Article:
Off the Beaten Path: Cinquera

We finally arrived in Cinquera, having passed through a great deal of road construction.  The slow going allowed for story-telling and quiet time.  We peered out the small windows of the micro-bus as workers raked the soil, spread the gravel, built the forms and formed the curbs by hand.  In the background, breaks in the trees revealed breath-taking views of Lake Suchitlán.  At one point we saw a little cement mixer - the lone piece of mechanized equipment along the winding, mountain road.  A paved road with curbs will make this drive much safer, but an influx of tourists might also change the quiet aura of forest and story that fills this place.

We emerged from the micro and stretched our legs next to the town square, across from the church.  We were a small group of Salvadorans and North Americans.  Papa gasped, "There was nothing here when I left, nothing here."  Papa was the only one of us to have been here before.  He had worked here near the end of the war, bringing families home.

The repopulation of the town of Cinquera is recounted in a 2011 film documentary entitled "The Tiniest Place."  The town was heavily bombed, and in 1980 all of the families fled the area.  The town remained abandoned until nearly the end of the war in 1991, when 6 or maybe 15 families returned.  When they arrived, they found nothing left of their town.  They stayed to rebuild the town, and to rebuild their lives.

The stories we heard were not told by historians or researchers.   We listened and observed and walked beside Papa, the friends who came with us, and the people of Cinquera.  We walked across the town square to the church.  Two rusty ordinates stand partially imbedded in the soil - a memorial to what took place here.  We walked up the hill to a small museum, where a young woman gave us a tour.  She told us of the indigenous heritage of the people of Cinquera, and the importance of the Lenca culture here.  "Cinquera" is a Lenca word meaning rock, or hill, or grinding stone.

The first room was filled with photographs of the ancestors.  Papa walked from photo to photo, reading every description.  The other Salvadorans were drawn to the artifacts and posed for photos near the pots, jars and comal (cooking griddle) made from clay.  The women moved excitedly from item to item, remembering how they used these things in the past (less than a generation ago!).  The giant tree stump was hollowed out to create a mortar used with a large wooden pestle for pounding rice to remove the hulls.  "Our first car!" as the women ran over to the ox cart.  "My first stove!" cried Gloria, touching the comal.  "And here is the refrigerator," said Mari as she pointed out the hanging mora bowl (it looked like a hanging planter with a bowl made from the hard shell of the mora fruit).  Papa continued on quietly, studying and remembering.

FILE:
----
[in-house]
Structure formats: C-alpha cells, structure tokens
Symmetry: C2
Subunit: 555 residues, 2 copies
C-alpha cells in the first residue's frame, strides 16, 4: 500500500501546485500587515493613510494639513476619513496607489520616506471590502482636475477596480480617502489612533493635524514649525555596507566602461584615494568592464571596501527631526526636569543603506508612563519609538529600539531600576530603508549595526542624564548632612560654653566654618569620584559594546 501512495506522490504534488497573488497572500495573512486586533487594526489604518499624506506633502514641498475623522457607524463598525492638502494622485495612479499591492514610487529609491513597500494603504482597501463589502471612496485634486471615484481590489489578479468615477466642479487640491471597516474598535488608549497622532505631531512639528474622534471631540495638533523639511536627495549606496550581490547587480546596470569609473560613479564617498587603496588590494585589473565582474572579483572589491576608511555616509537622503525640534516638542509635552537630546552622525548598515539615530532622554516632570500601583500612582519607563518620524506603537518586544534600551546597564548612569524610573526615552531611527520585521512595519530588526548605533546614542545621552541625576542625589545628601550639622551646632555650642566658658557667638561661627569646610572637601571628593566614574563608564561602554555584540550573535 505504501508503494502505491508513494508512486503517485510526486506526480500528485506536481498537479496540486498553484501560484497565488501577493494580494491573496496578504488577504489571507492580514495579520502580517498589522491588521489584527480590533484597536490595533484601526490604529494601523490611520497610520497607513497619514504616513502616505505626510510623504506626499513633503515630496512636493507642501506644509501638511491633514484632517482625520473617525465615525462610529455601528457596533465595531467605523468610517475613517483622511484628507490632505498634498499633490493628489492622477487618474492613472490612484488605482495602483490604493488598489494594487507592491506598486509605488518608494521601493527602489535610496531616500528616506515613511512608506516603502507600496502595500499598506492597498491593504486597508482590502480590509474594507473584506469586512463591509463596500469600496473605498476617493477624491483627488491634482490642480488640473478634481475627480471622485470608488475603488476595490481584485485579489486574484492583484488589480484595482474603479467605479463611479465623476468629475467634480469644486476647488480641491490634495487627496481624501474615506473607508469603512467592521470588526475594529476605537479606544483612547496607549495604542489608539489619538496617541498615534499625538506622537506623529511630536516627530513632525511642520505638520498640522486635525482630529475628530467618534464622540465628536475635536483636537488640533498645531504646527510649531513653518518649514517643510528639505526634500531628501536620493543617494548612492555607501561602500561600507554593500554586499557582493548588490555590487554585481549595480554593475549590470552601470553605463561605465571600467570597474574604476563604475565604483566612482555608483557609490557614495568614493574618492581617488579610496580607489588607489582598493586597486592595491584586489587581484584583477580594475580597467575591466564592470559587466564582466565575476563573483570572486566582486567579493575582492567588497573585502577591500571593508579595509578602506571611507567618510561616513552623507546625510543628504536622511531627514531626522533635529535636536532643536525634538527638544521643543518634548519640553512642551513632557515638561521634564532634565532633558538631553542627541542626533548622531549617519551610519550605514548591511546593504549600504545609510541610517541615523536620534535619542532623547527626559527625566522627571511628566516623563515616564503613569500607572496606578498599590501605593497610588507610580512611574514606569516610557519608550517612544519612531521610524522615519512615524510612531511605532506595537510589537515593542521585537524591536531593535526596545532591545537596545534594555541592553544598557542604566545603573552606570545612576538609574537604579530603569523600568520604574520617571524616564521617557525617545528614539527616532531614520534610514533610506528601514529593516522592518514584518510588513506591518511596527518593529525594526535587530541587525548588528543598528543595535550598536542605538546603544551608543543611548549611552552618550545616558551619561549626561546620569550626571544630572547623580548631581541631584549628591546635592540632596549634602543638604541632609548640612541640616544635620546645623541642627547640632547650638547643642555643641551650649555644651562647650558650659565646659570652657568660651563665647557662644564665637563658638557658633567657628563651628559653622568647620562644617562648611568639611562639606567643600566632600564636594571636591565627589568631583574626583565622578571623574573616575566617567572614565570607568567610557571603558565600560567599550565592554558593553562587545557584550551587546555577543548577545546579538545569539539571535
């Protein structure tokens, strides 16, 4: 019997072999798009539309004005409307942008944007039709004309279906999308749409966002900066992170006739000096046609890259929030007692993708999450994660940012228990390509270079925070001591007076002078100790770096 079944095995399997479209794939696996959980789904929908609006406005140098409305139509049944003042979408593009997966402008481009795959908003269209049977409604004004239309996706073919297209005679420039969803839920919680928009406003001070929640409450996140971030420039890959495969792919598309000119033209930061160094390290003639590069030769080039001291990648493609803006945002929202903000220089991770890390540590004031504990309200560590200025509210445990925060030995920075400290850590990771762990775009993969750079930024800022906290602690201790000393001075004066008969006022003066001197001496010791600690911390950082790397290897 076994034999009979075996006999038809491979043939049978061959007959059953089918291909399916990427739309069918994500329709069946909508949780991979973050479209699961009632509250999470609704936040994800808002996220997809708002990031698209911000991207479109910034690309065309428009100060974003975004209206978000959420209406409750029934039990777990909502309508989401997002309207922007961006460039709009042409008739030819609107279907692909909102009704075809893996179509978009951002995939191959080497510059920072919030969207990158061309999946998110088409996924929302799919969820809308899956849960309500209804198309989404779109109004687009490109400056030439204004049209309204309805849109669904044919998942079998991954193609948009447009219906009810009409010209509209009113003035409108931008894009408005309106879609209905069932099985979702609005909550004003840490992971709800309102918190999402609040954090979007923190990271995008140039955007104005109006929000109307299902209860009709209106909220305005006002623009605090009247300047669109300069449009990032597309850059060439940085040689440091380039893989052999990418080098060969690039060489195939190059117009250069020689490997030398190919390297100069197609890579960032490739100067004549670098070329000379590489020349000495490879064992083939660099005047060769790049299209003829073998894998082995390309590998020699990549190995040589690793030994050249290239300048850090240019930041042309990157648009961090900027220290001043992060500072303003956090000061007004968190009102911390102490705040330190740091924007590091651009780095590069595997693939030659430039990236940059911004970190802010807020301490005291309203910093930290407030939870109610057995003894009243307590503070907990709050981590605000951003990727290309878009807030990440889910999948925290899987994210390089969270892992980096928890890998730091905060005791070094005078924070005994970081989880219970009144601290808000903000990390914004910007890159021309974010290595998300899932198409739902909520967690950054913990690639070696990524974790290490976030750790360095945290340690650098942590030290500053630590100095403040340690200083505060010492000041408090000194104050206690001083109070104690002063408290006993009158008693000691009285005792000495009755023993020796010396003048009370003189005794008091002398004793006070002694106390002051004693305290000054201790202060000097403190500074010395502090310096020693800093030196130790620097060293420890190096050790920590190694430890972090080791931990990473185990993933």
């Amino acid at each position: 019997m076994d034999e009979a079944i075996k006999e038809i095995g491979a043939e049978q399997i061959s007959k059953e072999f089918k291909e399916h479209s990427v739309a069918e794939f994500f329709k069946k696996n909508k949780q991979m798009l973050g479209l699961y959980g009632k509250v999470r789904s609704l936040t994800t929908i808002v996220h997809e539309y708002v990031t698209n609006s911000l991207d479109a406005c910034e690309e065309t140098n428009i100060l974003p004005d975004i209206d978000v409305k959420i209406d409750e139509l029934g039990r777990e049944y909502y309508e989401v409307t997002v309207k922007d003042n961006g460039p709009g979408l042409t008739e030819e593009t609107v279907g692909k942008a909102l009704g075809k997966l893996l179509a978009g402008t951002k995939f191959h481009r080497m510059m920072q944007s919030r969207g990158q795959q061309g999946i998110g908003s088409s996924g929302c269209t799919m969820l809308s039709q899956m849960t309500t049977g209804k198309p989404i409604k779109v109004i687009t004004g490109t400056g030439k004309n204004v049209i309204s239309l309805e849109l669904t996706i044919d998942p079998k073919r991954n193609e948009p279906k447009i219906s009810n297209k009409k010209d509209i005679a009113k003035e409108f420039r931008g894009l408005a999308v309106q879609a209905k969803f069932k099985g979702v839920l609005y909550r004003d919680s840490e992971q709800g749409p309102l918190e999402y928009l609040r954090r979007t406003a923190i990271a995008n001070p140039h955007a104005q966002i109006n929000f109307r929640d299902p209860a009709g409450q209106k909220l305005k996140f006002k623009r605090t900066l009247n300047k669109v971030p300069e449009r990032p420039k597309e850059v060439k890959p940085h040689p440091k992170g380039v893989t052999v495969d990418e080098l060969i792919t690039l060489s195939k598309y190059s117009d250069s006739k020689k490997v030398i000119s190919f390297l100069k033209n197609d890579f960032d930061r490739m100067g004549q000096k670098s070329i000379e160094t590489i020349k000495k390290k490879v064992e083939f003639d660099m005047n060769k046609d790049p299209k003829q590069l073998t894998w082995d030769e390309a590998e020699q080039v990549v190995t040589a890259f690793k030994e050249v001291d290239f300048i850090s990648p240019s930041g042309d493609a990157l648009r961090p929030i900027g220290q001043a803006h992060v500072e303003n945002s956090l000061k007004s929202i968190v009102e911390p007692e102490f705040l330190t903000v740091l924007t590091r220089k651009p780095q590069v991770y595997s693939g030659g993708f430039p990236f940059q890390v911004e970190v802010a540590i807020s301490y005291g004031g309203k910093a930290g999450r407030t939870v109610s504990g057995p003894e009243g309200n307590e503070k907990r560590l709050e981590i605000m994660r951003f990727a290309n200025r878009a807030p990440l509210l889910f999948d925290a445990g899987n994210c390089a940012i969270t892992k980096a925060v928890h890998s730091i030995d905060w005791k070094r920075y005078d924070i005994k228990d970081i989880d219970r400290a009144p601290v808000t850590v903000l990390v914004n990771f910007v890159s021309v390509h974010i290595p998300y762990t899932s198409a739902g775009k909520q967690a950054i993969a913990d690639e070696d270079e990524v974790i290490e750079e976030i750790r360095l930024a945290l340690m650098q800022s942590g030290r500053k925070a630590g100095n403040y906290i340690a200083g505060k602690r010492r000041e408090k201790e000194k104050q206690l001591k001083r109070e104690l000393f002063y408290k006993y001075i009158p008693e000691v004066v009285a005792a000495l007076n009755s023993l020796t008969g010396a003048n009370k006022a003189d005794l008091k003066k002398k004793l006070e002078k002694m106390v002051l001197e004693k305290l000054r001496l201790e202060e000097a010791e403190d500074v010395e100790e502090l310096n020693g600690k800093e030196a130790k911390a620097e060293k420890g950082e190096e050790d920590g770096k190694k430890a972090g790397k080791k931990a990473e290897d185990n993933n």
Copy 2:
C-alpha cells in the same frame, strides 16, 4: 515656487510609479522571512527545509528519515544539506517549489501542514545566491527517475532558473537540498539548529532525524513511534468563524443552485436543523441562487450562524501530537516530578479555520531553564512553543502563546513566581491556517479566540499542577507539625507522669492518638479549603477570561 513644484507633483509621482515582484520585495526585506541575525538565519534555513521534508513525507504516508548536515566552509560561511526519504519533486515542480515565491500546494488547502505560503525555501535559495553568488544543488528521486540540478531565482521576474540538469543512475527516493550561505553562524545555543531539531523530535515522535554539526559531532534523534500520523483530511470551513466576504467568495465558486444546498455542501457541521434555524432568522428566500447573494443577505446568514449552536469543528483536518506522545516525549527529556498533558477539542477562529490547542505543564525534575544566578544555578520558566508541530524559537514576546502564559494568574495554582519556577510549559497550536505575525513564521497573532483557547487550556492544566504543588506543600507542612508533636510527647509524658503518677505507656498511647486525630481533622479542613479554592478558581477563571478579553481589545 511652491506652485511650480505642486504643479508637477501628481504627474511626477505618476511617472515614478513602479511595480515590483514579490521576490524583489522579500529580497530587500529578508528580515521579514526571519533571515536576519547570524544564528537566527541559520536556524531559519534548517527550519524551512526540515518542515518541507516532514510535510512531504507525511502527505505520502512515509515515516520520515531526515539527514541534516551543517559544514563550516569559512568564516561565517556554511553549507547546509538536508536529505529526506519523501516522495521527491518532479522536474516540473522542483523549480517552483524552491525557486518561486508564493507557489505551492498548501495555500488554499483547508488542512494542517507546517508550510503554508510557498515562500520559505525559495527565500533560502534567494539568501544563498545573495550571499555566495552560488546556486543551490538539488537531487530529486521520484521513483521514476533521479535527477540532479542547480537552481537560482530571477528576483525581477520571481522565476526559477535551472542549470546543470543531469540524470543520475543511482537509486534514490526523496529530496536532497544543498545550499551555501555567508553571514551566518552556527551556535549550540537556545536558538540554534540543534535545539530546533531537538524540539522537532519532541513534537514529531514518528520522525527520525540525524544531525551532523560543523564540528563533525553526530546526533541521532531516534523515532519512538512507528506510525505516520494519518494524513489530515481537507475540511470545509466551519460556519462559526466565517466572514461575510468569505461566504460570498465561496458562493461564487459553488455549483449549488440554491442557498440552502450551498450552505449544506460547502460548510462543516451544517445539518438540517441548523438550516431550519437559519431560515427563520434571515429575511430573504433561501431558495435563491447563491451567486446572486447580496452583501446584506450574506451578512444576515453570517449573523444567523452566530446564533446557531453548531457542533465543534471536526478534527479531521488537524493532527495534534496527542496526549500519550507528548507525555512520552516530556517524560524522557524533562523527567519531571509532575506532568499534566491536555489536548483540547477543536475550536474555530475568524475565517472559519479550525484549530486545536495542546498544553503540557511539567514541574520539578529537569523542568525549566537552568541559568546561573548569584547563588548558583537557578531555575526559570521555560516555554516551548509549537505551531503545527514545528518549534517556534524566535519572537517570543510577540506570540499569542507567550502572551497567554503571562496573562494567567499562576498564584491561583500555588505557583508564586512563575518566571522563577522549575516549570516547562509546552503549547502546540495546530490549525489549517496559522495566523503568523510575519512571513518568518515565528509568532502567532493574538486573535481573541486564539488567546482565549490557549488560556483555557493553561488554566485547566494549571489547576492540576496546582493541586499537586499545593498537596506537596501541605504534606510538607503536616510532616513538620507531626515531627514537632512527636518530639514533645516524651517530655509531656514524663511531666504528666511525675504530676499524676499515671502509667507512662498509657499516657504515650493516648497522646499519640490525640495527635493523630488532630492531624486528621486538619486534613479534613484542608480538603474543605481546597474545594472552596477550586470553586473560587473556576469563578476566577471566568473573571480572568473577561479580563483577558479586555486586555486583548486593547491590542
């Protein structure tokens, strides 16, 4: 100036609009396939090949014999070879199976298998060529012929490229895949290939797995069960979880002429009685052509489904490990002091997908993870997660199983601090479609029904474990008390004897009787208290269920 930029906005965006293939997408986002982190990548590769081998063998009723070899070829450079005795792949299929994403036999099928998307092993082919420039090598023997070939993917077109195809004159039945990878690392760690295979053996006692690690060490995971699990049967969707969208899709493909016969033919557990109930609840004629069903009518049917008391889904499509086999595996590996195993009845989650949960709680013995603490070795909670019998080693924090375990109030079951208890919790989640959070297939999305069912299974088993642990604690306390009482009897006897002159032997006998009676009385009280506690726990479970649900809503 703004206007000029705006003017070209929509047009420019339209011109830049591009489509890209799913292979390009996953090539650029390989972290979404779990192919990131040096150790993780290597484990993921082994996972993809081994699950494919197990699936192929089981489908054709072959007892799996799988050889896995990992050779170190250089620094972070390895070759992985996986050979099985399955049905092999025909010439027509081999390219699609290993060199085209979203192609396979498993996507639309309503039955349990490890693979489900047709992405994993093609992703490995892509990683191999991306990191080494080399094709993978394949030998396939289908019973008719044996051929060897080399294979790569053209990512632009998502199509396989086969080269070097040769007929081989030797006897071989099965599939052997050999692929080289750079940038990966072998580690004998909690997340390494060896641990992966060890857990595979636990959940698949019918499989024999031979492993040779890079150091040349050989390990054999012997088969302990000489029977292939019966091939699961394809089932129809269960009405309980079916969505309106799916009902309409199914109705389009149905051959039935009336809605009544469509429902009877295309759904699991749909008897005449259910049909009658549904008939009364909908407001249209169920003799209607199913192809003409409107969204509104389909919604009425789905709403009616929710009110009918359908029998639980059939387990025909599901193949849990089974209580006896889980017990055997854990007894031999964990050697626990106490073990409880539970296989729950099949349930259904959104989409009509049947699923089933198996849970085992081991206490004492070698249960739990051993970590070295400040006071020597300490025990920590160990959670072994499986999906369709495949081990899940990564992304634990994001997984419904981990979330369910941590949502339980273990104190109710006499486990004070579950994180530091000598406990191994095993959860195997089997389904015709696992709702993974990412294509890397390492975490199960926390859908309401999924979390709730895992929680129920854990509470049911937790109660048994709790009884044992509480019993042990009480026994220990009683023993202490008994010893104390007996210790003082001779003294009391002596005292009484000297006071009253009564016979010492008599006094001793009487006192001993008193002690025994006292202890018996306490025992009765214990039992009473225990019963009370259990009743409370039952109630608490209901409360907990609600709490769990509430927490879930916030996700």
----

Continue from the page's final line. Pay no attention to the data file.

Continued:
The second exhibit room held artifacts from the war:  guns, bullets, clothing and photos of lost family.  "Everyone here has lost someone," our guide said.  She had lost her grandmother and her uncle.  In the rubble of the church, returning refugees found a carved wooden figure of Jesus - a survivor from the 18th century, the guide told us.  The original mechanism from the church bells had been rescued from the rubble of the bell tower.

The guide invited members of our group to share their stories and memories from the time of the war.  Zoila remembered when it was dangerous to sleep in her home.  At one point it was so dangerous that they had to leave.  She was alone with her 7-year old son and he got a fever.  There was no medicine.  He died.  "Thank you for sharing your story," Debbie later whispered to Zoila.  "I live in my story," Zoila said.

The tour ended with a story, "El Caballo de Martín" (Martin's Horse).  At one point in time, a decision had to be made.  The guerrilla fighters only had one horse left for transportation, and they had no food.  Even the horse was almost skin and bones.  The decision was made, the story was remembered.  "We honor the life of Martin's horse, who gave his life so that the troops would live."

Much later in the day, after a very long walk in the forest, Zoila carefully laid down a stick along the side of the road.  It was a stick that she had picked up and used as a walking stick on the steep forest hills.  As she laid down the stick, she said, "Gracias amigo palito, thank you, little stick, you served me well on the long climb through the forest."

After concluding our museum tour, we walked around the town a bit.  It is a tiny place, dotted with small homes and little businesses.  The people are strong and kind.  They want to share their story.  They live their story.


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